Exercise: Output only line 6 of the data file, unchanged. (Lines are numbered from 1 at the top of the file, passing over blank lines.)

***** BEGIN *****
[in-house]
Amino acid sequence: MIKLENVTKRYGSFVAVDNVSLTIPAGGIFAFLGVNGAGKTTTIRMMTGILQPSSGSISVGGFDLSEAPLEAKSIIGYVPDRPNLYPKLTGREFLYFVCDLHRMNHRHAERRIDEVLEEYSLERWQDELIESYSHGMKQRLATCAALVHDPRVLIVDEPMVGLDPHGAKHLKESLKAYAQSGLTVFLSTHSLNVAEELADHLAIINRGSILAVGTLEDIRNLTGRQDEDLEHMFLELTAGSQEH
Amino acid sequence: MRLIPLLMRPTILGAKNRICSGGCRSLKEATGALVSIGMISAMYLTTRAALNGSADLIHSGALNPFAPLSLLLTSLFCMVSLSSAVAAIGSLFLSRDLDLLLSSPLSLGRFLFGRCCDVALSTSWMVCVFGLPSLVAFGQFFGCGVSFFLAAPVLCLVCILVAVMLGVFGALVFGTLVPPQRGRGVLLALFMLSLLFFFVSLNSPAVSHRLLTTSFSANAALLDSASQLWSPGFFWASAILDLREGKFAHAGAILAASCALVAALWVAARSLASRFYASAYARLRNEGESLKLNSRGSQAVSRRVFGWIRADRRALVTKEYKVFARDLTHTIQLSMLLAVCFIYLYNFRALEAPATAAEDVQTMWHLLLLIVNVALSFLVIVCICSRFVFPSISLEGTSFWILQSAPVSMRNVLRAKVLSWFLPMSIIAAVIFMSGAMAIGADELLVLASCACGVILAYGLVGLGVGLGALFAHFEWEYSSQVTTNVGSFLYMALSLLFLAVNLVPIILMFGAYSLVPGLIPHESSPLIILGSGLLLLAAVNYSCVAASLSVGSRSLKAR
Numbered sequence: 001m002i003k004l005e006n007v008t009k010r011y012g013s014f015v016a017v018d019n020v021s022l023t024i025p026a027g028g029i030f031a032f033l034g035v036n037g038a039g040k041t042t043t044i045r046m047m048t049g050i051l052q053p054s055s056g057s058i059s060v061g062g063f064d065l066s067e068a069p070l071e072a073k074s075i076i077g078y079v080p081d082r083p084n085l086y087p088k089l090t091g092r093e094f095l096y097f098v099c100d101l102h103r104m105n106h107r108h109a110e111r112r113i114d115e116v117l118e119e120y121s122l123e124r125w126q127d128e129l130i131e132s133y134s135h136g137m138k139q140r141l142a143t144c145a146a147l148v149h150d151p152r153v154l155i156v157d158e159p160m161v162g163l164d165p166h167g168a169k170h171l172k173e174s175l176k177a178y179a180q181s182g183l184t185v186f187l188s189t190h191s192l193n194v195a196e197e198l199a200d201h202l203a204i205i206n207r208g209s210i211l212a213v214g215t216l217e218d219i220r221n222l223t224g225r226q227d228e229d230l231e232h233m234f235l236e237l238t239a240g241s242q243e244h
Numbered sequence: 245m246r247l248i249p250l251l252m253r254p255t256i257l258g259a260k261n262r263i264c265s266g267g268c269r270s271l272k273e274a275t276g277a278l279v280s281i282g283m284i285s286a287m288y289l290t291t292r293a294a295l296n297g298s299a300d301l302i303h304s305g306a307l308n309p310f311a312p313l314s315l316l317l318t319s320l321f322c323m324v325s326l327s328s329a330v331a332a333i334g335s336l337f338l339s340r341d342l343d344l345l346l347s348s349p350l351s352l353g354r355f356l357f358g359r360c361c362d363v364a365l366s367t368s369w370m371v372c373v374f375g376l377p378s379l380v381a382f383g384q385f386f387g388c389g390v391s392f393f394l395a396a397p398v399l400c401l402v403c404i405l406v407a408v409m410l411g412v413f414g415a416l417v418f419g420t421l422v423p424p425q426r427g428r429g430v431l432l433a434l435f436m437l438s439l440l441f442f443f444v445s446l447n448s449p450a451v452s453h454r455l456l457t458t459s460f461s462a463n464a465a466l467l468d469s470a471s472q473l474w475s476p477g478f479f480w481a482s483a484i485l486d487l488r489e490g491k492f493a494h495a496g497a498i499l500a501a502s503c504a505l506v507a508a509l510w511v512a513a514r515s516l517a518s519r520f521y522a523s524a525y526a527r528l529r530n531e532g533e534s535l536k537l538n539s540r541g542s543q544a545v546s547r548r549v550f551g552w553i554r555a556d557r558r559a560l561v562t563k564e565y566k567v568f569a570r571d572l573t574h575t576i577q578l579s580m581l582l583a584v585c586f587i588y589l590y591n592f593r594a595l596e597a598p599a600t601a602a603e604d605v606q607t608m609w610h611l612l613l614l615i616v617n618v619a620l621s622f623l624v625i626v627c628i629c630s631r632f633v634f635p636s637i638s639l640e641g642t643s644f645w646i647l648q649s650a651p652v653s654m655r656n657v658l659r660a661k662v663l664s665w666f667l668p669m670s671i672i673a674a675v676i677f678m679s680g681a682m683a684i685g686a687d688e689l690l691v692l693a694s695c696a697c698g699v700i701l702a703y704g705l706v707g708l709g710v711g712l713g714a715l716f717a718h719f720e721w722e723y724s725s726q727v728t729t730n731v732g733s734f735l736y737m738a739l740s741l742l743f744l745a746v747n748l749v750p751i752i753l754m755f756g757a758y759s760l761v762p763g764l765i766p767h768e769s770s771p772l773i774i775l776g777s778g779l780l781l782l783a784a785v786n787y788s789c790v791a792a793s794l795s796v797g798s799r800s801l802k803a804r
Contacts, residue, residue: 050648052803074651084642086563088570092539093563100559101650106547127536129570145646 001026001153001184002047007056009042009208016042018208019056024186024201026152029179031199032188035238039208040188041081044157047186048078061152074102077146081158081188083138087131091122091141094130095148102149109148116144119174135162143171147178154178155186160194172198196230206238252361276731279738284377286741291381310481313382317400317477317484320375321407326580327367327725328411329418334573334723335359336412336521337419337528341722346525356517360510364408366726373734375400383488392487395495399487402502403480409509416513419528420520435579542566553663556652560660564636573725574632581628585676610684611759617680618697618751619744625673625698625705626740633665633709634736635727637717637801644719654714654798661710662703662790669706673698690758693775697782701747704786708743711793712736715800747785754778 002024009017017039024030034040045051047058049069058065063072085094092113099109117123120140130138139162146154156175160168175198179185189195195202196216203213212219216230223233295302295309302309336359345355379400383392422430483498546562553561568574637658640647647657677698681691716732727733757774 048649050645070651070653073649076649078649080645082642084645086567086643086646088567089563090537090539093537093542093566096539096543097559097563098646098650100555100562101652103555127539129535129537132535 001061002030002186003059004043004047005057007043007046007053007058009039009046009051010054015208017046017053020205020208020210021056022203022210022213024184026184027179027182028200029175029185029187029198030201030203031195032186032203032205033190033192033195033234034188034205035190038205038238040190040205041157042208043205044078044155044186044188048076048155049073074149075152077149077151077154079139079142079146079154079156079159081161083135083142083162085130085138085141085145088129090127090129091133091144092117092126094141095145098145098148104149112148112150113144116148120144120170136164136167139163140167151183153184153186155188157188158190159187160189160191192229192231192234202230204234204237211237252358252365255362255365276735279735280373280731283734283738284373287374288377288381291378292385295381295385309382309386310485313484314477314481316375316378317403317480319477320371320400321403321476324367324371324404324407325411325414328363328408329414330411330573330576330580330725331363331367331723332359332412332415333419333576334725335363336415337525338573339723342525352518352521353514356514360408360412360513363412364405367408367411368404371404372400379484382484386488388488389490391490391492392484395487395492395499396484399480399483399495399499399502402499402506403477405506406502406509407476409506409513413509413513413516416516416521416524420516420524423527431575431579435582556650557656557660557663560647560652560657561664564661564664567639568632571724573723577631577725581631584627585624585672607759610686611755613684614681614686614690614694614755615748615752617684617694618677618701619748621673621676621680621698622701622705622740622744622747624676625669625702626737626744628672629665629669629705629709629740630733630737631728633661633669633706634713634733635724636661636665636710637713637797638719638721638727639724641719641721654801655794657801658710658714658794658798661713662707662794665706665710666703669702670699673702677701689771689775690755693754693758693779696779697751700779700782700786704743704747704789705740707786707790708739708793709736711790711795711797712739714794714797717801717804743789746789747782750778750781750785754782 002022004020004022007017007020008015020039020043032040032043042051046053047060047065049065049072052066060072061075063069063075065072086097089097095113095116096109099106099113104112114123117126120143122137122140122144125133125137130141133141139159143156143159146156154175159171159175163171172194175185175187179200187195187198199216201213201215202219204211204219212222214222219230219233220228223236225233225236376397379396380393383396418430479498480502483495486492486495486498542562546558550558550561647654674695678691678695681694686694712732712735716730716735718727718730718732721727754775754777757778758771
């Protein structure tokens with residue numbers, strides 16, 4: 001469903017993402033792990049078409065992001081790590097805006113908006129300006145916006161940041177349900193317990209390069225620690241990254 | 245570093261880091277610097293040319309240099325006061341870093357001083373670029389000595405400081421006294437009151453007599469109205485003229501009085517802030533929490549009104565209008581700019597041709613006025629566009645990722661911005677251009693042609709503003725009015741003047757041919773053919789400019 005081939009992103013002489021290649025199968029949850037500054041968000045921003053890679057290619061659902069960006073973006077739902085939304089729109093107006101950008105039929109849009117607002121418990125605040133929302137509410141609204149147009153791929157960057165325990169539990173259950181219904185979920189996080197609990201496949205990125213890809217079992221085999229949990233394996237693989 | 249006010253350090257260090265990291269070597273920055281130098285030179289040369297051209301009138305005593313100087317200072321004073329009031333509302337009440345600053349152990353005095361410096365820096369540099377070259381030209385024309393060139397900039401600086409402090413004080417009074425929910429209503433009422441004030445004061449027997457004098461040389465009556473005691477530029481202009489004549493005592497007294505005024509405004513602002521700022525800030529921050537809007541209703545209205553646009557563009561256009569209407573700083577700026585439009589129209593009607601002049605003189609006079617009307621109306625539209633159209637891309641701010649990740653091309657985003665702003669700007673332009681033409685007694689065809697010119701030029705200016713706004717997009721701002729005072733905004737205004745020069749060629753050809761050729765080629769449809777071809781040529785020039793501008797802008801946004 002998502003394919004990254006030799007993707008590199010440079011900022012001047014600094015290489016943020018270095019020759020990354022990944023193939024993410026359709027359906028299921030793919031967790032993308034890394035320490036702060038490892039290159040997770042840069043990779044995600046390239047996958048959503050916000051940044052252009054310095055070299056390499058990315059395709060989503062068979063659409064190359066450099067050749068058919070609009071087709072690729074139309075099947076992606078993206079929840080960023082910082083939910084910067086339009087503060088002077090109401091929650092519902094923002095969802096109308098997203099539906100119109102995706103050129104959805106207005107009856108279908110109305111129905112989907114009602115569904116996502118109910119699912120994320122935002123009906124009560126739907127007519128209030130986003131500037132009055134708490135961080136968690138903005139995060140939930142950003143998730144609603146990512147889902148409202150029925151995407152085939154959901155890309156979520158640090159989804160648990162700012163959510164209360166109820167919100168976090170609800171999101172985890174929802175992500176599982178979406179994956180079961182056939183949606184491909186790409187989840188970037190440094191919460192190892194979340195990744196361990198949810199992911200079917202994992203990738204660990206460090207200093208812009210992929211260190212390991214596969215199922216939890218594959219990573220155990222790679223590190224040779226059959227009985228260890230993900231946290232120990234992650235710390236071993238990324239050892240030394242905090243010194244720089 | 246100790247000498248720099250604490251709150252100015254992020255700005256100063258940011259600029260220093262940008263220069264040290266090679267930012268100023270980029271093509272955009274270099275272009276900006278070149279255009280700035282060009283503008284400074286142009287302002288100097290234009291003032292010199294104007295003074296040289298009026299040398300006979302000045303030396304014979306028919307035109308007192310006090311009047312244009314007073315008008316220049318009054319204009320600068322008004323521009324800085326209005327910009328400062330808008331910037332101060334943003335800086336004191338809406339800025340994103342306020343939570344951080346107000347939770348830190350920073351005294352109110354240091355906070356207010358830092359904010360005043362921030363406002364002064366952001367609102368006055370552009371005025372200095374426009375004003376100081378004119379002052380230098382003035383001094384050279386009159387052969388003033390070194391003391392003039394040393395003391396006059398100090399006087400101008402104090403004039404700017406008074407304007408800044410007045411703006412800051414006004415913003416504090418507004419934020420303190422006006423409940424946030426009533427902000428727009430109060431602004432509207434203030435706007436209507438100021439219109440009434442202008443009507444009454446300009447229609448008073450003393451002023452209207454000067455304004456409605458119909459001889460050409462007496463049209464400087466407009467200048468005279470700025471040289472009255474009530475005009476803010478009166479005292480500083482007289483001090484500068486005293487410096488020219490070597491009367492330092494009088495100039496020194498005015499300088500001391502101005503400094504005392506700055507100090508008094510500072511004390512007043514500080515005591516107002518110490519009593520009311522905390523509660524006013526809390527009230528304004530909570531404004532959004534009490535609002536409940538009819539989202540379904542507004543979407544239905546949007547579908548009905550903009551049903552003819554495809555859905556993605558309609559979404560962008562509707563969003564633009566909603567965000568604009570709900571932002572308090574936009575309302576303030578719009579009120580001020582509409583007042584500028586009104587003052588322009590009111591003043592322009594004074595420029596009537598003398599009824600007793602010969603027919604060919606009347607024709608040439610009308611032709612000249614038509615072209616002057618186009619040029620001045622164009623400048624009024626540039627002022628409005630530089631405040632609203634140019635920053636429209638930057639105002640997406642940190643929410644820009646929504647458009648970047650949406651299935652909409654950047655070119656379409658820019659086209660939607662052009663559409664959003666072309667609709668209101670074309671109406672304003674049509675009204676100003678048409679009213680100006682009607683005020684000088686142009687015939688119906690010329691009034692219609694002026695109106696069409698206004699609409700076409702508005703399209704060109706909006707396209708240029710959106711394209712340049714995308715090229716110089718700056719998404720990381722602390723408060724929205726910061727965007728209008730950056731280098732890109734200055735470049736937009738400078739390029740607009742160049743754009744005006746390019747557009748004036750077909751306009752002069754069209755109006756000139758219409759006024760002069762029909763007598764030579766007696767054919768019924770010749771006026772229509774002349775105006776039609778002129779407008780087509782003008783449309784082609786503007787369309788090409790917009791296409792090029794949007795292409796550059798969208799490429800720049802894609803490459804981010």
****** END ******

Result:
Contacts, residue, residue: 050648052803074651084642086563088570092539093563100559101650106547127536129570145646 001026001153001184002047007056009042009208016042018208019056024186024201026152029179031199032188035238039208040188041081044157047186048078061152074102077146081158081188083138087131091122091141094130095148102149109148116144119174135162143171147178154178155186160194172198196230206238252361276731279738284377286741291381310481313382317400317477317484320375321407326580327367327725328411329418334573334723335359336412336521337419337528341722346525356517360510364408366726373734375400383488392487395495399487402502403480409509416513419528420520435579542566553663556652560660564636573725574632581628585676610684611759617680618697618751619744625673625698625705626740633665633709634736635727637717637801644719654714654798661710662703662790669706673698690758693775697782701747704786708743711793712736715800747785754778 002024009017017039024030034040045051047058049069058065063072085094092113099109117123120140130138139162146154156175160168175198179185189195195202196216203213212219216230223233295302295309302309336359345355379400383392422430483498546562553561568574637658640647647657677698681691716732727733757774 048649050645070651070653073649076649078649080645082642084645086567086643086646088567089563090537090539093537093542093566096539096543097559097563098646098650100555100562101652103555127539129535129537132535 001061002030002186003059004043004047005057007043007046007053007058009039009046009051010054015208017046017053020205020208020210021056022203022210022213024184026184027179027182028200029175029185029187029198030201030203031195032186032203032205033190033192033195033234034188034205035190038205038238040190040205041157042208043205044078044155044186044188048076048155049073074149075152077149077151077154079139079142079146079154079156079159081161083135083142083162085130085138085141085145088129090127090129091133091144092117092126094141095145098145098148104149112148112150113144116148120144120170136164136167139163140167151183153184153186155188157188158190159187160189160191192229192231192234202230204234204237211237252358252365255362255365276735279735280373280731283734283738284373287374288377288381291378292385295381295385309382309386310485313484314477314481316375316378317403317480319477320371320400321403321476324367324371324404324407325411325414328363328408329414330411330573330576330580330725331363331367331723332359332412332415333419333576334725335363336415337525338573339723342525352518352521353514356514360408360412360513363412364405367408367411368404371404372400379484382484386488388488389490391490391492392484395487395492395499396484399480399483399495399499399502402499402506403477405506406502406509407476409506409513413509413513413516416516416521416524420516420524423527431575431579435582556650557656557660557663560647560652560657561664564661564664567639568632571724573723577631577725581631584627585624585672607759610686611755613684614681614686614690614694614755615748615752617684617694618677618701619748621673621676621680621698622701622705622740622744622747624676625669625702626737626744628672629665629669629705629709629740630733630737631728633661633669633706634713634733635724636661636665636710637713637797638719638721638727639724641719641721654801655794657801658710658714658794658798661713662707662794665706665710666703669702670699673702677701689771689775690755693754693758693779696779697751700779700782700786704743704747704789705740707786707790708739708793709736711790711795711797712739714794714797717801717804743789746789747782750778750781750785754782 002022004020004022007017007020008015020039020043032040032043042051046053047060047065049065049072052066060072061075063069063075065072086097089097095113095116096109099106099113104112114123117126120143122137122140122144125133125137130141133141139159143156143159146156154175159171159175163171172194175185175187179200187195187198199216201213201215202219204211204219212222214222219230219233220228223236225233225236376397379396380393383396418430479498480502483495486492486495486498542562546558550558550561647654674695678691678695681694686694712732712735716730716735718727718730718732721727754775754777757778758771